today for you, tomorrow for me: great american women, 1/10

Just an example of how much I like Rosario Dawson: when searching her name on Mother Jones I typed in “Rosario Awesome”—which is such a complimentary Freudian slip.

Rosario has the kind of life story that validates the American dream.

Born to a seventeen year old mother and raised in relative poverty, she grew up in a tenement squat in New York City. It was on the steps of this building that the writer and director of Kids saw her and asked her to be in his movie—to which she responded, “Okay.”

She was fifteen and had no acting experience.

Alright, pause and think about that for a moment. Imagine yourself in her shoes: you’re sitting on your porch in New York when a stranger approaches and says: “Excuse me dear, do you want to be in my movie?”

I don’t know about you but that conversation would’ve ended with me saying, “Uh, yeah, let me go ask my mom.” Then me running inside, dead-bolting the door and peering out from the window curtains until the man left.

I would have a hard time believing that I was one of those people who would get to have that story. You know, the unbelievable, this-will-be-a-great-story-to-tell-someday story. However, I would have a very easy time believing that some creep wanted me to star in his questionable “movie.”
One summer, while visiting my aunt and uncle, I was taking a stroll around their block in the late afternoon. They lived right around the corner from a historic neighborhood and I loved passing by these ivy covered semi-mansions and imagining the people that had passed there before me. One day as I was walking, this truck pulled up beside me and the man driving asked if I wanted a ride home.

I lived an hour away, so this seemed pretty unreasonable.

I said no and continued my walk, stealing glances out of my periphery as he drove at a glacial pace beside me. After a few minutes of this agony, he said: “It’s fine, I know your dad.”

At that moment I knew, more than before, to be worried. My dad had just finished his MS in Aeronautics, we had moved and he hadn’t even had time to meet the neighbors let alone this dude who lived an hour away from us.

I turned into the nearest yard, silently praying that there was no attack dog or anything to signify that I did not live there and calmly walked up the front steps. I turned and the man was still ambling along, so I opened the screen door and extended my hand to open the front door when at that exact moment, another car came speeding down the street and basically bum-rushed the man away. I watched him as he turned in the opposite direction of where I was headed then sprinted out of the yard, down a side alley and into the backdoor of my aunt and uncle’s house.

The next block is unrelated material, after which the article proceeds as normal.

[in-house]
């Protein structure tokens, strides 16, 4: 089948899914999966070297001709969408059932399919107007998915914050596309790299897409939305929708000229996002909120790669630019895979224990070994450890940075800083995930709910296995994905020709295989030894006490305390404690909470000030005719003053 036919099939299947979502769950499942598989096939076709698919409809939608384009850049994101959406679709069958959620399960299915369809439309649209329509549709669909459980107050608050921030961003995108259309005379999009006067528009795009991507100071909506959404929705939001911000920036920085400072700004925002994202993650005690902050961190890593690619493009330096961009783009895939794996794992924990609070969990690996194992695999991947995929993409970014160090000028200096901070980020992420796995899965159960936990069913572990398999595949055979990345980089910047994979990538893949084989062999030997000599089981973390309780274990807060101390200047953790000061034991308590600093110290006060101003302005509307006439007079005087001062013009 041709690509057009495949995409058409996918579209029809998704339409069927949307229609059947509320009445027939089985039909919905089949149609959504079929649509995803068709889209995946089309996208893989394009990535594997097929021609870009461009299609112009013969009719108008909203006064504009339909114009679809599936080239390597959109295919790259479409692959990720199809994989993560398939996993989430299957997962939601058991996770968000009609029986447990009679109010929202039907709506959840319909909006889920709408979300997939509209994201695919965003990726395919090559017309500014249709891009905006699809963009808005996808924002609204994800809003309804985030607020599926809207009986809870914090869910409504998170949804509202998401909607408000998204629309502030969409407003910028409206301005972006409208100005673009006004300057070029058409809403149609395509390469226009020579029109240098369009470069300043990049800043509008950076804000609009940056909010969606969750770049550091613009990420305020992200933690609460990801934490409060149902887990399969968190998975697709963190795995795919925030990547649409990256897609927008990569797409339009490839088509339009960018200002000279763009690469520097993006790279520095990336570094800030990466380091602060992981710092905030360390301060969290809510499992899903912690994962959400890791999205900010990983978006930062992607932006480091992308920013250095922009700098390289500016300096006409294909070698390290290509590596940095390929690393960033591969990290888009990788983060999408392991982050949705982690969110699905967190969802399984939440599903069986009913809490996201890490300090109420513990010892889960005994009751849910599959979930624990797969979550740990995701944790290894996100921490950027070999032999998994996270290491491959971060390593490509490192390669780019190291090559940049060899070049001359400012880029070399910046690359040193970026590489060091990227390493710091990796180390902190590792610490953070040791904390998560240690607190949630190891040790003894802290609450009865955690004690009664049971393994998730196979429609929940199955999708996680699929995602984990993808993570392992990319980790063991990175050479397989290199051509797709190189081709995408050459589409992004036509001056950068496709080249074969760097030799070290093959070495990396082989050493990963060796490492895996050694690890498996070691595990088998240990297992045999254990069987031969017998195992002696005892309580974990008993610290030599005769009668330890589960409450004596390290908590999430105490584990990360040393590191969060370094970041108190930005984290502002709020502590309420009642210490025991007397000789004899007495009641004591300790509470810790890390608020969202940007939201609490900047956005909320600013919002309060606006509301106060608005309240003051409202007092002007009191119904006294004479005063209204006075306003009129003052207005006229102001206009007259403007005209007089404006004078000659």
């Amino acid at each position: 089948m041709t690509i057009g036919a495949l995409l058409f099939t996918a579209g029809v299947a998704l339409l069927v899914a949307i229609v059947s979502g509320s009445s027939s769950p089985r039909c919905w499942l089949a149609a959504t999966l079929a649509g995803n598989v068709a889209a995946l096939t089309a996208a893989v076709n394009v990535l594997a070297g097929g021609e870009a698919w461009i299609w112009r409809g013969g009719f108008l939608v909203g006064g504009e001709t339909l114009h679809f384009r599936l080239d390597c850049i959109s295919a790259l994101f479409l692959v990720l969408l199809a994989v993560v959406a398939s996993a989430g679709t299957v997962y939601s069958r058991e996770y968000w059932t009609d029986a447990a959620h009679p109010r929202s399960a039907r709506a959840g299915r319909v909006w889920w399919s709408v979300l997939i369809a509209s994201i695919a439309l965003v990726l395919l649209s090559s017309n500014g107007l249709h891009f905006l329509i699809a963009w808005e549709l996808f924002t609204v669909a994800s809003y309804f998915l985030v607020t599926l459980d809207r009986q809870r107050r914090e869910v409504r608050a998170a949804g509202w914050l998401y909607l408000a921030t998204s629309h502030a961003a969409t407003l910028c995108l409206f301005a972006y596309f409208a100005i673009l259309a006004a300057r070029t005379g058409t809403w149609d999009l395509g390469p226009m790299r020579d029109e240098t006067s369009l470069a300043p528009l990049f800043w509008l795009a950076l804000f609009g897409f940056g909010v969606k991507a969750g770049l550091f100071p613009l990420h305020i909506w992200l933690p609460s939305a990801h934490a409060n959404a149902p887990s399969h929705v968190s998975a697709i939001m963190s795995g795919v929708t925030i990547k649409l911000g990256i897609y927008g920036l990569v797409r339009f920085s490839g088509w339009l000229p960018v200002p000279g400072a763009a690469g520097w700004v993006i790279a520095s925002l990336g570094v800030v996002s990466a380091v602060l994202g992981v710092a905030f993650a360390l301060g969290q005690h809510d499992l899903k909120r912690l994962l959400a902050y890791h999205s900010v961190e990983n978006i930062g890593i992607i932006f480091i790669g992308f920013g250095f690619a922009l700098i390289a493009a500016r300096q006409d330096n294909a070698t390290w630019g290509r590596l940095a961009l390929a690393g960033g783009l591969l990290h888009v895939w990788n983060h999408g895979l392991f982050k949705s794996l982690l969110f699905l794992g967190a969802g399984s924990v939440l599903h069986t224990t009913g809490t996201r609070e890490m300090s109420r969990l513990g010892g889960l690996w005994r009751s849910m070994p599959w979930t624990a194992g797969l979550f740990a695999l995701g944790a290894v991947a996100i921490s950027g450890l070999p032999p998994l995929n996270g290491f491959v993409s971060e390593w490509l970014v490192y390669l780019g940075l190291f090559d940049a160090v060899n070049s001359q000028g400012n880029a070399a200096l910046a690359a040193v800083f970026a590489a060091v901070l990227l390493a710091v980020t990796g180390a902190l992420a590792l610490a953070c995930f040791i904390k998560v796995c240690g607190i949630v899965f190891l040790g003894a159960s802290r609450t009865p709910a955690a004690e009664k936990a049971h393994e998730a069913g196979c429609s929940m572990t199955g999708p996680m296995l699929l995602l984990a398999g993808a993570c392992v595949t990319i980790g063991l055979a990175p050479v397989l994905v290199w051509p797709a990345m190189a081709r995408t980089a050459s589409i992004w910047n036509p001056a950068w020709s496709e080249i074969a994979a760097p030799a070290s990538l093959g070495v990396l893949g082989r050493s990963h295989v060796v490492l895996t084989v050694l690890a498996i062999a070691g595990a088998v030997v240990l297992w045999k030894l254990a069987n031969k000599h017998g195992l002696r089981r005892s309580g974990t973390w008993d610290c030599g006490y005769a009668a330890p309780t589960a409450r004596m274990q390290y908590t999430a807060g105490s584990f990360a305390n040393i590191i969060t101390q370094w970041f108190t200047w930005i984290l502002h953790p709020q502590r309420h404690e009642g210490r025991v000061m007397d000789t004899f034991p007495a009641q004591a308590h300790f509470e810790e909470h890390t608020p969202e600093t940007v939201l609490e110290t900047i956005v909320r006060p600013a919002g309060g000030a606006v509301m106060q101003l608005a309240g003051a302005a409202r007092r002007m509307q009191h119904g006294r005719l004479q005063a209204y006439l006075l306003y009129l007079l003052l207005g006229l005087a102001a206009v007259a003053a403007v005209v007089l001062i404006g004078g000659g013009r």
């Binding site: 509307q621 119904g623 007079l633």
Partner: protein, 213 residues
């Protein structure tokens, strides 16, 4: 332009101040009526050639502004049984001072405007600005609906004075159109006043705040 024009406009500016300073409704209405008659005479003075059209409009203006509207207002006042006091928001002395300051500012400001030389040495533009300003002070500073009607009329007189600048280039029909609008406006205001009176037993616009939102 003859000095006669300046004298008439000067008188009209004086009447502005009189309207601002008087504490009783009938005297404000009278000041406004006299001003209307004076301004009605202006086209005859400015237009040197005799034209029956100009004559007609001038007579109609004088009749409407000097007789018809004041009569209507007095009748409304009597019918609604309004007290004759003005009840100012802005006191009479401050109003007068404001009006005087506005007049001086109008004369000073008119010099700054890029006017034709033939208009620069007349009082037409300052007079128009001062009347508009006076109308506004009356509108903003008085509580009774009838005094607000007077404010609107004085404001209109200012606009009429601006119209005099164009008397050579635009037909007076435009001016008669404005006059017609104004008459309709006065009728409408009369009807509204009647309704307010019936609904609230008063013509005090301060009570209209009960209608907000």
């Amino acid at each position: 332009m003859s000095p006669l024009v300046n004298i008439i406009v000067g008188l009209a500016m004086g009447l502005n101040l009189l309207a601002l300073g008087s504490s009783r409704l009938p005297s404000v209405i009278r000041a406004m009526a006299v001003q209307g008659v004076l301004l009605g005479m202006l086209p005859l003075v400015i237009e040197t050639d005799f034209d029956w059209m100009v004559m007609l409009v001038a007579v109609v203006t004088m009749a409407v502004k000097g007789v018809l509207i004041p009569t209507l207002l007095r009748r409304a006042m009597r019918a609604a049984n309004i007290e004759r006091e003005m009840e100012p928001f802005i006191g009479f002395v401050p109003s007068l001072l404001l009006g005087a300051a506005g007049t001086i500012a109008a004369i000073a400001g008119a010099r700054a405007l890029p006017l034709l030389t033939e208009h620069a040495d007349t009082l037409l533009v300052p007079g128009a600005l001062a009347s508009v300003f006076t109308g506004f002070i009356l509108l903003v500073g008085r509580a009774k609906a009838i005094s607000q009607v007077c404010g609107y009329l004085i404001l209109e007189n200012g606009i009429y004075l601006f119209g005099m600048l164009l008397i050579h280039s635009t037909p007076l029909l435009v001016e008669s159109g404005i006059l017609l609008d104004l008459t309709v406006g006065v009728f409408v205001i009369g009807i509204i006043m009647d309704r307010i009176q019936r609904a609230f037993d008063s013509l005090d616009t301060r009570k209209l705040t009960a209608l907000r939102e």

Guess who never told her mother that story! And guess who took that Kindergarten Cop “Stranger, Danger” warning very seriously (and kind of still does).
Even though that happened long before I was fifteen, I would not have turned some anonymous director/writer down because I didn’t know him, I would’ve turned that him down because I didn’t know myself. SLAM DUNK. Bet you didn’t see that one coming! I am so anti-entitlement that I would’ve been all “Who am I to have that role? Walk a couple more paces and I’m sure you’ll find someone who deserves this more than me.” That’s a pretty lame way to think.
Sixteen years after that fateful porch meeting, Rosario has added over forty films to her resume—including the film version of the musical RENT, something which she was certainly not qualified for on paper, but a role that she totally owned. There were only two non-original cast member and she was one of them. With the army of Rent-heads out there that takes some major guts. That’s like walking into the Red Sox clubhouse wearing navy blue and white.

Rosario’s work ethic is unparalleled. She’s been working since she was cast in Kids—she even had to go through rounds and rounds of auditions for that, there was no “just” being chosen despite that porch meeting. She continues to challenge herself (Zookeeper notwithstanding) while also endorsing causes that benefit the community she came from. In 2004 she founded Voto Latino, a non-profit civic engagement organization that encourages young Hispanics to participate in the voting process. In 2008 she attended both the Republican and Democratic National Convention and regularly attends the White House Correspondent’s Dinner, where she’s met the President of the United States.

A story like Rosario’s is worth telling over and over again. Added bonus, she always looks amazing on the red carpet.


2 thoughts on “today for you, tomorrow for me: great american women, 1/10”

  1. I loved RENT and her character in it was flawless. Prince also finds that Rosario Dawson is a remarkable women and model for young minorities. Who can go wrong against The Artist Formally Known As Prince? She also did a lot of voice overs in rap songs too!

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